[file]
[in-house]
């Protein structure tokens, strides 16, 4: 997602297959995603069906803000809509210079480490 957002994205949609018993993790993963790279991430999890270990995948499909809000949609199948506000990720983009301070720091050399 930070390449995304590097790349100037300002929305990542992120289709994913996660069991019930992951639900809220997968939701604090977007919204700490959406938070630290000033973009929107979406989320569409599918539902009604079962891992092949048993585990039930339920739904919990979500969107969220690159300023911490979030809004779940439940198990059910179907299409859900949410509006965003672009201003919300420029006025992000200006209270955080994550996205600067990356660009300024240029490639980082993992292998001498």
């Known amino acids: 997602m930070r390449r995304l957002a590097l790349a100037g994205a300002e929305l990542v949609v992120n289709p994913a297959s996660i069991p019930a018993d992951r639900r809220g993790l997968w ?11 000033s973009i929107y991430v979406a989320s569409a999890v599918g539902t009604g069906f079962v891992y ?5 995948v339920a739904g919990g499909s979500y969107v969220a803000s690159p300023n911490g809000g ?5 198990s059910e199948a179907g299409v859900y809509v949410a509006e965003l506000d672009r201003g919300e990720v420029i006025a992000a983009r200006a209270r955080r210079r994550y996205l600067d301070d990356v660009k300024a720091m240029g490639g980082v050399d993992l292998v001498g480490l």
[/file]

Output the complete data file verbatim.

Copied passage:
[in-house]
């Protein structure tokens, strides 16, 4: 997602297959995603069906803000809509210079480490 957002994205949609018993993790993963790279991430999890270990995948499909809000949609199948506000990720983009301070720091050399 930070390449995304590097790349100037300002929305990542992120289709994913996660069991019930992951639900809220997968939701604090977007919204700490959406938070630290000033973009929107979406989320569409599918539902009604079962891992092949048993585990039930339920739904919990979500969107969220690159300023911490979030809004779940439940198990059910179907299409859900949410509006965003672009201003919300420029006025992000200006209270955080994550996205600067990356660009300024240029490639980082993992292998001498």
């Known amino acids: 997602m930070r390449r995304l957002a590097l790349a100037g994205a300002e929305l990542v949609v992120n289709p994913a297959s996660i069991p019930a018993d992951r639900r809220g993790l997968w ?11 000033s973009i929107y991430v979406a989320s569409a999890v599918g539902t009604g069906f079962v891992y ?5 995948v339920a739904g919990g499909s979500y969107v969220a803000s690159p300023n911490g809000g ?5 198990s059910e199948a179907g299409v859900y809509v949410a509006e965003l506000d672009r201003g919300e990720v420029i006025a992000a983009r200006a209270r955080r210079r994550y996205l600067d301070d990356v660009k300024a720091m240029g490639g980082v050399d993992l292998v001498g480490l």